One of my small joys in life is to watch people blink slowly when I tell them that one of my areas of study is sociology of outer space. “Cool” or “Can you really do that?” are the most common responses so far. I agree – it is not something one comes across daily. I could probably name everyone who ever wrote anything remotely sociological on anything remotely related to outer space, as there aren’t many.
It is hard to define what sociology of outer space is. Not many social scientists are interested in space exploration, and those who do tend to cross disciplinary boundaries. As a sociologist myself, I interpret their work through sociological framework, although some of them might self-identify as social geographers, anthropologists, communication scholars, or social historians. Thus, instead of a strict definition, I use sociology of outer space as a working title for this fuzzy cluster of social science research.
Before I go further, let’s address the elephant in the room – is sociology of outer space a real deal? If you were to google sociology of outer space or astrosociology, you will most likely land in a flashy website that seems to predate myspace.
Astrosociology.org is a website owned by Dr. Jim Pass, a self-proclaimed founder of astrosociology, a field that studies everything human-and-space related. He bought the domain and registered astrosociology as a trademark in mid 2000s – a move that was not well received by mainstream sociologists. The overarching argument was that astrosociology is nothing but a catchy name with no theoretical substance behind it. In the end, Pass declared that astrosociology is not a sub-discipline of sociology anymore, but an interdisciplinary field of social sciences, humanities, and art (read: everything but STEM) that addresses all the questions related to humanity and outer space.
It is too easy to dismiss astrosociologists as a collective of eccentrics whose work resembles space advocacy more than actual science. But we should not through the baby out with the bathwater and regard everyone who studies social aspects of space exploration as lesser social scientists.
Sociologists have means to make informed predictions that can lead to deliberate and intelligent decisions. Governmental space programs, private space entrepreneurs, and space advocacy movements can be better understood only if we know what social forces drive them. A critical assessment of inequalities within space programs is the first step towards fixing them. Finally, sociological research on organizations and decision making processes can explain and help prevent deadly disasters, such as the Challenger or Columbia, in a very risky environment. And there is sociological research on that.
Social knowledge is crucial to prepare for the multi-planetary future. For example, lessons learned from Polynesian migration through the Pacific ocean some 10,000 years ago, could help to prepare for future spaceflights and outer space settlements. Studies of groups wintering in Antarctic research stations can show how a micro society with its own rules and norms evolve – something that we should know before establishing our first settlement in outer space.
Sociology provides tools to understand and improve experiences of groups of people during spaceflight; it can explain what drives people to stars; and what social problems lies ahead once a space colony is established.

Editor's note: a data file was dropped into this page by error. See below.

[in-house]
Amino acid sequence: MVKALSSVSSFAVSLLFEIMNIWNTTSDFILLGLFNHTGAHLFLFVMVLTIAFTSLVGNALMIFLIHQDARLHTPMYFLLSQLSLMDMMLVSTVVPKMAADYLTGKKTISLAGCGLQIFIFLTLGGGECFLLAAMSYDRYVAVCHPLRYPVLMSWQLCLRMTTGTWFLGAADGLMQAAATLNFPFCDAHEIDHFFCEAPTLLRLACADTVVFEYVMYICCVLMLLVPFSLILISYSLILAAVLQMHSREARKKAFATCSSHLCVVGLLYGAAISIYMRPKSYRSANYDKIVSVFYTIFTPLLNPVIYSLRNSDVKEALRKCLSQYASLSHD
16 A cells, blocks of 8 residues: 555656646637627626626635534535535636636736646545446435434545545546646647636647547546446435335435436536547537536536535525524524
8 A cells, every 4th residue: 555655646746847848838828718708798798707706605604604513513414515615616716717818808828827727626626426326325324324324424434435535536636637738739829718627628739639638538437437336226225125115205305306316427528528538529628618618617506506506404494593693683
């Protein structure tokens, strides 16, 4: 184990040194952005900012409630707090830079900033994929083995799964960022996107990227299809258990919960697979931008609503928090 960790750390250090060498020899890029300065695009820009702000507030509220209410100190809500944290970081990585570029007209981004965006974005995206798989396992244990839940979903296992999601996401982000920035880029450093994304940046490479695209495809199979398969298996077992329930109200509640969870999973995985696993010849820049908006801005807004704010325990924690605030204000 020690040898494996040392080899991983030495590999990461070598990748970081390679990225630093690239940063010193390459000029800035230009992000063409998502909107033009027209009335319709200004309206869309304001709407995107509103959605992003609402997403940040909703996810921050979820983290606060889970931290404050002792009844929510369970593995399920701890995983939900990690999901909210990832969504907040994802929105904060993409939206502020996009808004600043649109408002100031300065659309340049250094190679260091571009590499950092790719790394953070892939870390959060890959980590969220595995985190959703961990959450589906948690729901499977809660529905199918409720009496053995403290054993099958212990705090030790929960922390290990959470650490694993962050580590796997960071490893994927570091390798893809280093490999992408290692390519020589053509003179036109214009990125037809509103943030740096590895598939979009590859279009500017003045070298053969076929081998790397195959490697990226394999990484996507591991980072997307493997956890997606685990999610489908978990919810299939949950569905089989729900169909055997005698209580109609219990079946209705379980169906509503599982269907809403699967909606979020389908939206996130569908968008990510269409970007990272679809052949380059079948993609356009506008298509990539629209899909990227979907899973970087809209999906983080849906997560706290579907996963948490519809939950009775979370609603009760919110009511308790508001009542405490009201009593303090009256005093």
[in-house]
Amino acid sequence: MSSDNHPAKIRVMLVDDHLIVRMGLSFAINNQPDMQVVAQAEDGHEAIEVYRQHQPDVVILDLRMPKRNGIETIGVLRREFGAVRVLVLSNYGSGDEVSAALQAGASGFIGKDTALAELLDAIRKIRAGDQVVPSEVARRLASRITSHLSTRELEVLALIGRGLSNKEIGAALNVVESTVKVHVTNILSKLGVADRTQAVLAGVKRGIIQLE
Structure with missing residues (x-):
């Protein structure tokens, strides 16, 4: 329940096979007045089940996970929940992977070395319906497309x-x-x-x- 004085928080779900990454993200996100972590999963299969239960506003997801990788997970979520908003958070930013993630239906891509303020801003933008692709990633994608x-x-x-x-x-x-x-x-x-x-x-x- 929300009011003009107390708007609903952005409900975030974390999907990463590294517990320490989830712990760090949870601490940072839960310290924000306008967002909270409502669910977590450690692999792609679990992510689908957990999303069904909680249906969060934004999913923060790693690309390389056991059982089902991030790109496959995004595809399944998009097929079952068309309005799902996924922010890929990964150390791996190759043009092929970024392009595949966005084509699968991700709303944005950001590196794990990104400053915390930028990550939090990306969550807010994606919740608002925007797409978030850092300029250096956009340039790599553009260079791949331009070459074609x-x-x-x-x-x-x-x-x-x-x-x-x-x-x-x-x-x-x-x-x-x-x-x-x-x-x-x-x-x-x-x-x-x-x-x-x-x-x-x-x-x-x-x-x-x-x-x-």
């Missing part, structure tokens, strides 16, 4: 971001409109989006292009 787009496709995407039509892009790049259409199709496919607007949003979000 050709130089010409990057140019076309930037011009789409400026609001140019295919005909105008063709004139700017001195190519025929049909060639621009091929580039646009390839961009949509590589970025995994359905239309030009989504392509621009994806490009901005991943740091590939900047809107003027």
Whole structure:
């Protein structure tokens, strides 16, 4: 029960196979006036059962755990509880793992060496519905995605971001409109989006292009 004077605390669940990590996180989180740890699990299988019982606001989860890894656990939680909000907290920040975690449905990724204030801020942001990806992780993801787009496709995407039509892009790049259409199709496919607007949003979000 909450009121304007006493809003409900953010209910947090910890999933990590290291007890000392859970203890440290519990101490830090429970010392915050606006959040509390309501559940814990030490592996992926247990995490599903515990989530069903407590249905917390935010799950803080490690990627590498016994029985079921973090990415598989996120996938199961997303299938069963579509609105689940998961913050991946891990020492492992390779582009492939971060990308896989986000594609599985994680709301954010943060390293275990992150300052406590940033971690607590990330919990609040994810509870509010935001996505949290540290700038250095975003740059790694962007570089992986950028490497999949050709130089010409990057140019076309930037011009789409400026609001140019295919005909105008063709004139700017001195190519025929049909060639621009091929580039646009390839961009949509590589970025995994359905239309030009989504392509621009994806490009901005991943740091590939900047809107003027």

Contrary to space activists, sociologists do not approach space exploration with rose colored glasses. Some have argued that space race is just a playground for rich and famous since the very beginning of the Apollo program. Profit is the main force that drives capitalists to outer space. Capitalism needs unlimited resources for its continuous growth. Rhetoric of science, freedom, spirituality, and global benefits is just a screen used to justify costly and dangerous space programs.
Others point out that this is not the whole picture. They argue that space entrepreneurs and space advocates all share beliefs of a utopian society established in the far frontiers of outer space. This belief system is reminiscent of Western colonialism and libertarian individualistic ideology; and only by understanding these beliefs we can explain what drives people to devote their lives to space activism.
Other social scientists study space organizations. These organizations talk about spaceflights as if it was a completely routine activity in order to distract public from actual risks and costs of spaceflight. Space programs produce science, which becomes a commodity of itself that helps justify high costs and to secure more funding. And despite the rhetoric of space being a place for humanity as a whole, space programs are still very much a masculine domain. Gendered assumptions are built into space programs, which hinders women’s opportunities and even impacts the way we research and try to address this issue.
This rough sketch shows ways in which space programs can benefit from sociological knowledge. Vice versa, outer space offers limitless possibilities for sociological theory building – whether by studying organizations in a high risk and low return environment or by exploring emotion management during long term spaceflight, sociologists can use new scopes to learn more about societies back home.
In the following weeks I will publish a series of posts that review current stage of sociology of outer space. It is quite nebulous, but evolving field. These posts are a work in progress towards a more coherent review article, so feel free to post your feedback in the comments or email me directly.